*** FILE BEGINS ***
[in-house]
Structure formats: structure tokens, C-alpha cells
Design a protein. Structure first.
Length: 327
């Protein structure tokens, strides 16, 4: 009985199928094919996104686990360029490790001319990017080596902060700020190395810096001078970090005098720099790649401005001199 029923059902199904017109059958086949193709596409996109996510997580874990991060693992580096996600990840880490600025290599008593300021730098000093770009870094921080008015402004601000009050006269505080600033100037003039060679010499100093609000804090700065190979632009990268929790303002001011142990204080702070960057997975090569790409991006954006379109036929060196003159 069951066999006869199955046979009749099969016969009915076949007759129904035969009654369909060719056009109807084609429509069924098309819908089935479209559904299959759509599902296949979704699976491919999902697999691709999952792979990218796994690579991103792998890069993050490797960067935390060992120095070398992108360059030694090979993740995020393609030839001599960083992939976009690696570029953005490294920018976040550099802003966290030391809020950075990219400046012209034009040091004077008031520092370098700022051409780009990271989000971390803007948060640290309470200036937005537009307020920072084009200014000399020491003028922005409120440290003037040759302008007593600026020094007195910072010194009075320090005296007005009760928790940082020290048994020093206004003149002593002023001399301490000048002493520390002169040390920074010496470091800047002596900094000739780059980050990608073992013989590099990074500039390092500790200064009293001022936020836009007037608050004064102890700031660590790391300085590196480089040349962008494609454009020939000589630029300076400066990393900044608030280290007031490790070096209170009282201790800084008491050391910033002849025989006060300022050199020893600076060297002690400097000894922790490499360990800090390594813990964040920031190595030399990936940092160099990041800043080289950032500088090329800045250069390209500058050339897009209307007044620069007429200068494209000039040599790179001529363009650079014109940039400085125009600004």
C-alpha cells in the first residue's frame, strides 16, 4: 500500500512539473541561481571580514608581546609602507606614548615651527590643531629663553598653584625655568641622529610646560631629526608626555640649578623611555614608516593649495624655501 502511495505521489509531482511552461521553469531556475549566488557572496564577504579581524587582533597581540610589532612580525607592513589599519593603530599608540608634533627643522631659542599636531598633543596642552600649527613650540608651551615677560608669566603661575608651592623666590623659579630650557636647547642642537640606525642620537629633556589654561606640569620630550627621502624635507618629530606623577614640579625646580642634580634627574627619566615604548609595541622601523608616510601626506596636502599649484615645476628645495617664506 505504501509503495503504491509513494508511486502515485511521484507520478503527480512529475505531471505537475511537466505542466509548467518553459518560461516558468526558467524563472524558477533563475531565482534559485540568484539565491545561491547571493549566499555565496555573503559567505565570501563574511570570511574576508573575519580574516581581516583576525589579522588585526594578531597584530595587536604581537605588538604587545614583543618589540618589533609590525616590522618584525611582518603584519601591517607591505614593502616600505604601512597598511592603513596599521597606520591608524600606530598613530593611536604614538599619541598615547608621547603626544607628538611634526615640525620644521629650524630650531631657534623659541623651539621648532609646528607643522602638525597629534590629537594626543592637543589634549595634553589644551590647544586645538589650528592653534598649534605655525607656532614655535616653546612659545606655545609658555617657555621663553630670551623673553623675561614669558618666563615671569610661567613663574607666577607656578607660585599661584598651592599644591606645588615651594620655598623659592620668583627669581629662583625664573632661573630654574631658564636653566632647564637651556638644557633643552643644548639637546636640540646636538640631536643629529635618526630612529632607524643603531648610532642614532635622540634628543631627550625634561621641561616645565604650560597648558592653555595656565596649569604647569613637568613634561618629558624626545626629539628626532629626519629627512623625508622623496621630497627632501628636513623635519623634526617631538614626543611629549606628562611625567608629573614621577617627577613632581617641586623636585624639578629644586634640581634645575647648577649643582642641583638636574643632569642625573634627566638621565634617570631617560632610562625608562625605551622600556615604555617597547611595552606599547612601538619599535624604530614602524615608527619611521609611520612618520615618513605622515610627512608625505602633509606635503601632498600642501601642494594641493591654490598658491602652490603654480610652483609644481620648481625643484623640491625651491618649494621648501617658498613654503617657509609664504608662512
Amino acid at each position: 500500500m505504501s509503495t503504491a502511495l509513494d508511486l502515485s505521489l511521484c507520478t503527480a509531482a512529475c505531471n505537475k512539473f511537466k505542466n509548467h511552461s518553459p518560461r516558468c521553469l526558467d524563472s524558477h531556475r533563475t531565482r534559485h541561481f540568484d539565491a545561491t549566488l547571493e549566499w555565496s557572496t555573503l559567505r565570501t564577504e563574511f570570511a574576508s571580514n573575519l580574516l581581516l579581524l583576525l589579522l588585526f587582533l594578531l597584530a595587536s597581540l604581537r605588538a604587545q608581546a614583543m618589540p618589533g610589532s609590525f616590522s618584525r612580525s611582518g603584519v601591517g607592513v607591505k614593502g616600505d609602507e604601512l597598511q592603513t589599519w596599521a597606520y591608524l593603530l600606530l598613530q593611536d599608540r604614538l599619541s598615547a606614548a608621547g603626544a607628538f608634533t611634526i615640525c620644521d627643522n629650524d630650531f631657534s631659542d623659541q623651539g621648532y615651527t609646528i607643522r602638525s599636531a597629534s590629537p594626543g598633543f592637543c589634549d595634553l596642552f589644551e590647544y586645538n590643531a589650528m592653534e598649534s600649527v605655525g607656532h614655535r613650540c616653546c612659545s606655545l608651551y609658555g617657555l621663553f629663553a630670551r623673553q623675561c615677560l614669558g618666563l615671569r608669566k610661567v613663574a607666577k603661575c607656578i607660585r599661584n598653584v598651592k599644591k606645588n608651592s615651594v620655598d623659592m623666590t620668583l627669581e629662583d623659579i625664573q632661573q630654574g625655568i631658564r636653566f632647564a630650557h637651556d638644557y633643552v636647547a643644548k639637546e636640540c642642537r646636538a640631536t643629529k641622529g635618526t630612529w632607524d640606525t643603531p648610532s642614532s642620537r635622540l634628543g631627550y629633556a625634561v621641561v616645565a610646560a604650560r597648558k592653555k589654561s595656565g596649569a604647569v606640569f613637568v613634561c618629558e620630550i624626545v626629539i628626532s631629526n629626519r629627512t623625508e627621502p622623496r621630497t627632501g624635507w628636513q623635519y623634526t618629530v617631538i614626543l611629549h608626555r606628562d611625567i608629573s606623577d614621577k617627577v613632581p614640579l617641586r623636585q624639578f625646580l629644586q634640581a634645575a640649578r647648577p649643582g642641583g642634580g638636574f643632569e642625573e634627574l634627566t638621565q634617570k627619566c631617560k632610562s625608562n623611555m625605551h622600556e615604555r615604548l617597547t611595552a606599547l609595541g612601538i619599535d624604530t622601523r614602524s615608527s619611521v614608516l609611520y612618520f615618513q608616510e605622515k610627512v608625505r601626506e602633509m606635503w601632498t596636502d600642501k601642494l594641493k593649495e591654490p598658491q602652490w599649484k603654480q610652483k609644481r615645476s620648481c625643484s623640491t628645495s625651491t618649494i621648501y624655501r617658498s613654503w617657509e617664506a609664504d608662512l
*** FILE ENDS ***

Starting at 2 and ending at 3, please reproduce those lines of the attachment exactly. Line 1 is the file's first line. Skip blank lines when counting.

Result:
Structure formats: structure tokens, C-alpha cells
Design a protein. Structure first.